A Nanaimo RCMP cruiser parked outside the Newcastle Place temporary supportive housing site at 250 Terminal Ave. this past Saturday afternoon. KARL YU/The News Bulletin

Nanaimo council concerned about Terminal Avenue supportive housing project

Residents point to a lack of safety and security in the neighbourhood

A temporary supportive housing project near downtown Nanaimo hasn’t turned out the way the city’s mayor had hoped it would.

During a council meeting on Monday night, Nanaimo Mayor Leonard Krog said the supportive housing project at 250 Terminal Ave. hasn’t met his expectations and that “none of us” are happy with the outcome at the moment.

“I don’t think there is any question about that,” he said.

Krog’s comments came after neighbourhood resident Darrell Gyorfi requested that councillors implement a safety and security plan which would result in police officers taking a more “proactive” approach to dealing with crime in the Newcastle area.

“All the apartment buildings around are being victimized, car alarms are going off at 5 a.m. in the morning. People are scared to leave their houses,” he said shortly after pointing out that there were dozens of other nearby Terminal Avenue residents at the meeting.

Gyorfi’s comments, which lasted for more than 10 minutes, led members of council to speak openly about the situation at 250 Terminal Ave. A similar supportive housing site at 2020 Labieux Rd. was not discussed.

The temporary supportive housing site at 250 Terminal Ave. is operated by Island Crisis Care Society in partnership with B.C. Housing, who purchased the property in an effort to provide short-term housing to those who were living at Discontent City. However, concerns were raised after the site was purchased without any public consultation. A nearby resident has since launched a civil lawsuit against B.C. Housing and the society, claiming the temporary housing site violates the city’s zoning bylaws.

RELATED: B.C. government providing temporary housing units to Nanaimo’s homeless

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RELATED: Nanaimo woman takes legal action against temporary supportive housing

Krog told councillors he had been hopeful the temporary supportive housing sites would be a “positive step” for the community, but that it hasn’t gotten off to a good start.

“Clearly there have been significant issues and it is not fair that the citizens of any area in our community live in fear and concern,” he said.

Krog also said there are some individuals whose “behaviour is entirely criminal in nature” and should not be living at the Terminal Avenue site. He said supportive housing is not governed by the residential tenancy act and therefore people can be kicked out of the facility for violating their agreement with B.C. Housing, adding that removals aren’t happening as they should.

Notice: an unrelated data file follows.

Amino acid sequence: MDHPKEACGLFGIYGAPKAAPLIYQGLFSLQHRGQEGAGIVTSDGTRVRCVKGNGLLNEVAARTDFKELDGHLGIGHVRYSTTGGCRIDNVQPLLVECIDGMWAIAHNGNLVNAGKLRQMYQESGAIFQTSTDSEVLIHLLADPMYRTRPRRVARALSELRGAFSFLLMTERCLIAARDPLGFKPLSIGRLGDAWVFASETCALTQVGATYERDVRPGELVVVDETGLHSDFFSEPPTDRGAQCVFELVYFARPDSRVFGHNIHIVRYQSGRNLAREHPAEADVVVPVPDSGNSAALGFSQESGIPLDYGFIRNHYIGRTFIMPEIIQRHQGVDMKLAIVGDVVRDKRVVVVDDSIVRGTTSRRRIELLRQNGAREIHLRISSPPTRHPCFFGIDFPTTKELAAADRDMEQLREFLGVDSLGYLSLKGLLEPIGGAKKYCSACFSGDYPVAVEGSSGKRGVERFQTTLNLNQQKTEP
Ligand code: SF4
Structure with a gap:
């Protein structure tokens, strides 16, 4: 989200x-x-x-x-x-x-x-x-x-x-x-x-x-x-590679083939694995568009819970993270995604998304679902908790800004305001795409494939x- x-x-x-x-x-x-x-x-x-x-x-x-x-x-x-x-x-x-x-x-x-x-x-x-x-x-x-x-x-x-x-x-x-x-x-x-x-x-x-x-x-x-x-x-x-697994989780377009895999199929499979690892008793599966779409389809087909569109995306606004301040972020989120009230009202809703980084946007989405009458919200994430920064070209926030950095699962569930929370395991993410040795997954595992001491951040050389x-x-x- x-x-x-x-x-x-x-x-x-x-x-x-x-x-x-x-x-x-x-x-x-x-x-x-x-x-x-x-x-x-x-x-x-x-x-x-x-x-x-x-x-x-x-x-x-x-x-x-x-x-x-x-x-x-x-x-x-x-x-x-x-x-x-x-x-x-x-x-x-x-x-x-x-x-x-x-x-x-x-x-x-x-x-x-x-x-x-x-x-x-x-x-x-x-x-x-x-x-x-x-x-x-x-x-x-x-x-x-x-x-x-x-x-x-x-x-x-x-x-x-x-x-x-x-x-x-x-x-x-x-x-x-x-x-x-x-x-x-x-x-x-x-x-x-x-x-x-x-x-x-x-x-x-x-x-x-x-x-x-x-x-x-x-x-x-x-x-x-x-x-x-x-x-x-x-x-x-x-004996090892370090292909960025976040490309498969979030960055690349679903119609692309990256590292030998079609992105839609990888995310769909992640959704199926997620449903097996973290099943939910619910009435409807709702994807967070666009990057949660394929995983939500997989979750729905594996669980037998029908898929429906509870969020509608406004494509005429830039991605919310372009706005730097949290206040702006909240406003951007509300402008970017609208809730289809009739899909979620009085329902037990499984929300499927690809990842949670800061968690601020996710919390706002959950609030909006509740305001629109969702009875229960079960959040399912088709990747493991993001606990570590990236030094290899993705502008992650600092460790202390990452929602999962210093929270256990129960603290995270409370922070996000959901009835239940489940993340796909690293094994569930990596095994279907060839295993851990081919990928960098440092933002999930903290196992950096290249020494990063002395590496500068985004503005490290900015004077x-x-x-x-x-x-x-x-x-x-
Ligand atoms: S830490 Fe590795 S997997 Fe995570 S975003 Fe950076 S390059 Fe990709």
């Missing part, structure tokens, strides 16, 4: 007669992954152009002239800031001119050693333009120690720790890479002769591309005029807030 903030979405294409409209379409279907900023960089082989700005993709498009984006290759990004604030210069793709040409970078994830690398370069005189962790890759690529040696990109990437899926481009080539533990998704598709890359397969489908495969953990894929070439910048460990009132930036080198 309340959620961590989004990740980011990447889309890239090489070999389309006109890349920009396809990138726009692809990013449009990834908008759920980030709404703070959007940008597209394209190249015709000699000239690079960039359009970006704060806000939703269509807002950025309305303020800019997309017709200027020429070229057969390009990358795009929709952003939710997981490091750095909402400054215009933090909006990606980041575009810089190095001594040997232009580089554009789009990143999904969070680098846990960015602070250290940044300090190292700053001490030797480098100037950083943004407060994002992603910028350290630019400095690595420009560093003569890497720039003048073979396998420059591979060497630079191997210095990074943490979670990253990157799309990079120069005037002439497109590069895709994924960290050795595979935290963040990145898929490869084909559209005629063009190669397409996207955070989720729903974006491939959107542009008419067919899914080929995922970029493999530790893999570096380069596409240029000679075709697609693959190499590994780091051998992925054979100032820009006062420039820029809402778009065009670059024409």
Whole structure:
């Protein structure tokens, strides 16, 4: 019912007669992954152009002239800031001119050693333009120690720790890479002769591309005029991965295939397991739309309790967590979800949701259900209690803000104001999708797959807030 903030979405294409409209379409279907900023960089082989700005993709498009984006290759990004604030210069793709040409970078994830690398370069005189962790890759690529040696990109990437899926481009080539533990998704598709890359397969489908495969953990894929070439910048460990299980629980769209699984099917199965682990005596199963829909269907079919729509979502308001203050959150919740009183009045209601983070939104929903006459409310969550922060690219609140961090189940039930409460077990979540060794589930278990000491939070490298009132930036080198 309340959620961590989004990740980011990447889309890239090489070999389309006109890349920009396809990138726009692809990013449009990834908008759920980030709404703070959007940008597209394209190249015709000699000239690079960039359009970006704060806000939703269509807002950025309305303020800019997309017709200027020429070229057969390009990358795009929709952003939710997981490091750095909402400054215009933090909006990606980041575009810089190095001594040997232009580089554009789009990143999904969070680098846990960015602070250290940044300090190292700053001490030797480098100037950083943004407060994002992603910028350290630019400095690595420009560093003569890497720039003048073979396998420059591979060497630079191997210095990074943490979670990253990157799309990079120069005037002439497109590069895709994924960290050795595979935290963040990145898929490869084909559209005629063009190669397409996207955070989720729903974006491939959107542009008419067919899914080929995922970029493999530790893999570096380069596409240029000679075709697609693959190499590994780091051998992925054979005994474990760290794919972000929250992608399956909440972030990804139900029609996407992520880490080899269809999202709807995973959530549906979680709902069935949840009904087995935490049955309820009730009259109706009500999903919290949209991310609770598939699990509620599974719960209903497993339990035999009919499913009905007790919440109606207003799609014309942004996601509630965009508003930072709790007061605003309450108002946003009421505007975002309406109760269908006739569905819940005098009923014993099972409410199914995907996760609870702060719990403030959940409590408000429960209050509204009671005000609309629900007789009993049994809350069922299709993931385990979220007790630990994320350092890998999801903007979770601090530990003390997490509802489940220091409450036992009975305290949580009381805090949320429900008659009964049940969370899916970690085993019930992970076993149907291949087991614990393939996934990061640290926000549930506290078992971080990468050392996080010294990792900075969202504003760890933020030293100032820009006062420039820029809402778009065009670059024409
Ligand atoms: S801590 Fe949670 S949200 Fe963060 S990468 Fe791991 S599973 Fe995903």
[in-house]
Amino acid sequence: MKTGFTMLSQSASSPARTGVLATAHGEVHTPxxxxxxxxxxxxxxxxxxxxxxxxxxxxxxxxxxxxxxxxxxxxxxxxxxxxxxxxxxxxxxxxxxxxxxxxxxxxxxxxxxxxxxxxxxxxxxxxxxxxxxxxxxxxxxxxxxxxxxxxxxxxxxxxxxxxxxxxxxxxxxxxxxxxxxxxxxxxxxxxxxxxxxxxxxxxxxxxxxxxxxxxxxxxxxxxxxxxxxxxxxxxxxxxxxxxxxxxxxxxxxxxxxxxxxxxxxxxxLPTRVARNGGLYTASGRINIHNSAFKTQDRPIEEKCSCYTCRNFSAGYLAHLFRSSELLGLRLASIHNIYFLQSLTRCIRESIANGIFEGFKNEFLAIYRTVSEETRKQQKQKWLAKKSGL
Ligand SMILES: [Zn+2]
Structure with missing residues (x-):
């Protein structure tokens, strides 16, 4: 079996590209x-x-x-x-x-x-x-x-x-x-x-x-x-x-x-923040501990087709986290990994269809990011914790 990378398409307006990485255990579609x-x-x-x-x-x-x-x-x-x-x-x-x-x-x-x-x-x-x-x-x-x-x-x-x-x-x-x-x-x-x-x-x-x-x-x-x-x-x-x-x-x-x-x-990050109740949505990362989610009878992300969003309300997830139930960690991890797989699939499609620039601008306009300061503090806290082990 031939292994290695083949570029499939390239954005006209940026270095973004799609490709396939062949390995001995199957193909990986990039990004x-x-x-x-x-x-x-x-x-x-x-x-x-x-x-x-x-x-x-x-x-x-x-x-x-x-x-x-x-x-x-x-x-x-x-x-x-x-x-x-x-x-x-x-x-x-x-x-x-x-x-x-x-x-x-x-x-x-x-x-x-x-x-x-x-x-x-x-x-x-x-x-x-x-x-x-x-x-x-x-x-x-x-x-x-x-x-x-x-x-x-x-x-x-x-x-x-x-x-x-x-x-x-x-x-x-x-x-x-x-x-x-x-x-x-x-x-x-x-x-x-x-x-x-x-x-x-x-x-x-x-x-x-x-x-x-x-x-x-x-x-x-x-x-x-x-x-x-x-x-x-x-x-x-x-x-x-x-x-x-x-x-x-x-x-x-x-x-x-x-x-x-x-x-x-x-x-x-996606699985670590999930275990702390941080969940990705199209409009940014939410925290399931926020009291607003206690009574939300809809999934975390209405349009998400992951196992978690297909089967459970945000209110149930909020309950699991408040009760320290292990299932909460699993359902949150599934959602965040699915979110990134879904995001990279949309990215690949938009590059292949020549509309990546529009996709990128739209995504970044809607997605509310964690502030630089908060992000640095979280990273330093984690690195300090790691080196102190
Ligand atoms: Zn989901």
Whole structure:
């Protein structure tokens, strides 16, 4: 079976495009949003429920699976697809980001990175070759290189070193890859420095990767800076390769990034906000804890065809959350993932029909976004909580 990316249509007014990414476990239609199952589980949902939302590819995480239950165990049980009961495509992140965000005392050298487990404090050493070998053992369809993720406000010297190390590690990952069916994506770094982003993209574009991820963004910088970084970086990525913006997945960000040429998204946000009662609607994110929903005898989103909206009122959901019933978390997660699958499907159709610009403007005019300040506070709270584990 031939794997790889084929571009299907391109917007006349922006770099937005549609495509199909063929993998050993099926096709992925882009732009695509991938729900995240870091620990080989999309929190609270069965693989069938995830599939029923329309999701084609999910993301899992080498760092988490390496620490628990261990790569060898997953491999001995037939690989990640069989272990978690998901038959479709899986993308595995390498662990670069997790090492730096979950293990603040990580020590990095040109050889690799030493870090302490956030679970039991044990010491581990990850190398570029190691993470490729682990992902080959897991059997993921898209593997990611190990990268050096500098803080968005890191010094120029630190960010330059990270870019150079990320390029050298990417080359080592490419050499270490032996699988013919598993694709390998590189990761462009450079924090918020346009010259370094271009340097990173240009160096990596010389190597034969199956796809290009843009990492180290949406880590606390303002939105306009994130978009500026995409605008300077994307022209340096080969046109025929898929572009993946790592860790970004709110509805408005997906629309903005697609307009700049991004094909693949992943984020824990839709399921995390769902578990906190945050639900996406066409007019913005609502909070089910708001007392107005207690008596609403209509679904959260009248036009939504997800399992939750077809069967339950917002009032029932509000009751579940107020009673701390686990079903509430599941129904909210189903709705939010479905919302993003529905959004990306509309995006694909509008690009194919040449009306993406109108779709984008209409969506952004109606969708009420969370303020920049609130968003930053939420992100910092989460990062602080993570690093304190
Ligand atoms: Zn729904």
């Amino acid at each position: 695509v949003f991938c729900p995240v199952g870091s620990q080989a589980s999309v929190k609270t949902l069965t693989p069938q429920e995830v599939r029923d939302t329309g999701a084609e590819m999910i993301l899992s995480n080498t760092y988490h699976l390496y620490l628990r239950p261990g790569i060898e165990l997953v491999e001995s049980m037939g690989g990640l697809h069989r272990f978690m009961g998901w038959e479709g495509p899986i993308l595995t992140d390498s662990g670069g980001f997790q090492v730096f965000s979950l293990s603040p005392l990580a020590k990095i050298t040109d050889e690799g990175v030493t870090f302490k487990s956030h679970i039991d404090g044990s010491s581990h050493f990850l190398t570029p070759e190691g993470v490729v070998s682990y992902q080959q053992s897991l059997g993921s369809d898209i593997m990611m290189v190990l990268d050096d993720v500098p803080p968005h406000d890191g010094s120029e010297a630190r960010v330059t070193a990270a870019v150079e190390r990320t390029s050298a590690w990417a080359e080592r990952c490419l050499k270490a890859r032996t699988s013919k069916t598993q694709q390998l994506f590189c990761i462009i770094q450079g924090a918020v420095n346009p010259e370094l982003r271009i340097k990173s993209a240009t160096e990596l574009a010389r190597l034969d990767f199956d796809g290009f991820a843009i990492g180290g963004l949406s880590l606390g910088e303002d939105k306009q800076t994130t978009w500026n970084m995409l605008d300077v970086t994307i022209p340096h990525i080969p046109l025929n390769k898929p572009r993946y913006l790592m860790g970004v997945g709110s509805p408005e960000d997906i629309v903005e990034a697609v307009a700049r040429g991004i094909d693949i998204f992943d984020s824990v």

“That has not been happening in the manner that one would expect and we expect a great deal to happen in the next couple of weeks and if it doesn’t I can say to you that this council will do whatever it can to ensure that there is a far more effective response from B.C. Housing and the Island Crisis Care Society.”

Coun. Ian Thorpe said councillors have heard the concerns of residents around Terminal Avenue very seriously, explaining that councillors have been discussing the issue during in-camera meetings and are hoping the situation improves.

“Quite frankly some of the processes, checks and balances have not been put in place as quickly as they should have been and I am hopeful that will improve in the near future,” he said.

Coun. Sheryl Armstrong said she understands the concerns of residents, explaining that the project was pushed through by the provincial government, bypassing city zoning rules. She also said she would make a motion to have staff designate 250 Terminal Ave. as a nuisance property, which would make Island Crisis Care Society and B.C. Housing responsible for costs associated with police visits to the site.

“That’s one of the tools I believe that we as a city council have to help the residents move forward,” she said; however, no motion was made Monday.

During the public participation period of the meeting, councillors heard additional comments about the situation from residents, including one man who said he can’t even go to Maffeo Sutton Park without a “crack head” trying to accost his daughter.

The Island Crisis Care Society did not immediately respond to a request for comment.







nicholas.pescod@nanaimobulletin.com 
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